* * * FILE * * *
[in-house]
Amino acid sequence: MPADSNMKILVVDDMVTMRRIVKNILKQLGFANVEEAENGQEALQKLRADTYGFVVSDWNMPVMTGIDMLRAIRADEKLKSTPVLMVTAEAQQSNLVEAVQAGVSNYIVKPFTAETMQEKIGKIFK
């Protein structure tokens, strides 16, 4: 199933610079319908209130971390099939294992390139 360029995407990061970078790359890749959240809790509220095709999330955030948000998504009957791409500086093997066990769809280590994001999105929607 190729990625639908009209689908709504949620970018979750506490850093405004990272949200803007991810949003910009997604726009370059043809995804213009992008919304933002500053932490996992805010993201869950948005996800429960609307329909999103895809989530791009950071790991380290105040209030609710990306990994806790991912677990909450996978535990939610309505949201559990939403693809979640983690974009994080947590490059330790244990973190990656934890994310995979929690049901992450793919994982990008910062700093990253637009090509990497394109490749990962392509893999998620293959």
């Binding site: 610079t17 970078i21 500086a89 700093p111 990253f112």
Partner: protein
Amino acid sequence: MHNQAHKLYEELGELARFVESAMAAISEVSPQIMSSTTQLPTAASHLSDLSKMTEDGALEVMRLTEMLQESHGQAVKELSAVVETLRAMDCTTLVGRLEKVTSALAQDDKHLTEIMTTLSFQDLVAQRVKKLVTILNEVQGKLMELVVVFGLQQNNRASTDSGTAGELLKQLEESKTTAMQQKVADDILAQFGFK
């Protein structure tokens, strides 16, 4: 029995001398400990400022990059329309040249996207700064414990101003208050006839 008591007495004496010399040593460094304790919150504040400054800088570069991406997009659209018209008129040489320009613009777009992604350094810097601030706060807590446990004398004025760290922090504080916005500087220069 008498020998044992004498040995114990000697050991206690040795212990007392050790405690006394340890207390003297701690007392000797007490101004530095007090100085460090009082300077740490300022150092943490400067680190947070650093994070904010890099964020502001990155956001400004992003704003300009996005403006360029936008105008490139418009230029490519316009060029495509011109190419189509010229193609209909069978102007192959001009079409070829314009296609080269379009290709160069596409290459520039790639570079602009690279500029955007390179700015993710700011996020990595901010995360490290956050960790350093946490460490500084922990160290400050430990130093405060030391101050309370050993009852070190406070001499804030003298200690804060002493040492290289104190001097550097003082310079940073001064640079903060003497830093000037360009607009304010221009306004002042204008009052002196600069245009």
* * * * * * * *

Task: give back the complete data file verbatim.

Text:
[in-house]
Amino acid sequence: MPADSNMKILVVDDMVTMRRIVKNILKQLGFANVEEAENGQEALQKLRADTYGFVVSDWNMPVMTGIDMLRAIRADEKLKSTPVLMVTAEAQQSNLVEAVQAGVSNYIVKPFTAETMQEKIGKIFK
């Protein structure tokens, strides 16, 4: 199933610079319908209130971390099939294992390139 360029995407990061970078790359890749959240809790509220095709999330955030948000998504009957791409500086093997066990769809280590994001999105929607 190729990625639908009209689908709504949620970018979750506490850093405004990272949200803007991810949003910009997604726009370059043809995804213009992008919304933002500053932490996992805010993201869950948005996800429960609307329909999103895809989530791009950071790991380290105040209030609710990306990994806790991912677990909450996978535990939610309505949201559990939403693809979640983690974009994080947590490059330790244990973190990656934890994310995979929690049901992450793919994982990008910062700093990253637009090509990497394109490749990962392509893999998620293959």
């Binding site: 610079t17 970078i21 500086a89 700093p111 990253f112």
Partner: protein
Amino acid sequence: MHNQAHKLYEELGELARFVESAMAAISEVSPQIMSSTTQLPTAASHLSDLSKMTEDGALEVMRLTEMLQESHGQAVKELSAVVETLRAMDCTTLVGRLEKVTSALAQDDKHLTEIMTTLSFQDLVAQRVKKLVTILNEVQGKLMELVVVFGLQQNNRASTDSGTAGELLKQLEESKTTAMQQKVADDILAQFGFK
């Protein structure tokens, strides 16, 4: 029995001398400990400022990059329309040249996207700064414990101003208050006839 008591007495004496010399040593460094304790919150504040400054800088570069991406997009659209018209008129040489320009613009777009992604350094810097601030706060807590446990004398004025760290922090504080916005500087220069 008498020998044992004498040995114990000697050991206690040795212990007392050790405690006394340890207390003297701690007392000797007490101004530095007090100085460090009082300077740490300022150092943490400067680190947070650093994070904010890099964020502001990155956001400004992003704003300009996005403006360029936008105008490139418009230029490519316009060029495509011109190419189509010229193609209909069978102007192959001009079409070829314009296609080269379009290709160069596409290459520039790639570079602009690279500029955007390179700015993710700011996020990595901010995360490290956050960790350093946490460490500084922990160290400050430990130093405060030391101050309370050993009852070190406070001499804030003298200690804060002493040492290289104190001097550097003082310079940073001064640079903060003497830093000037360009607009304010221009306004002042204008009052002196600069245009």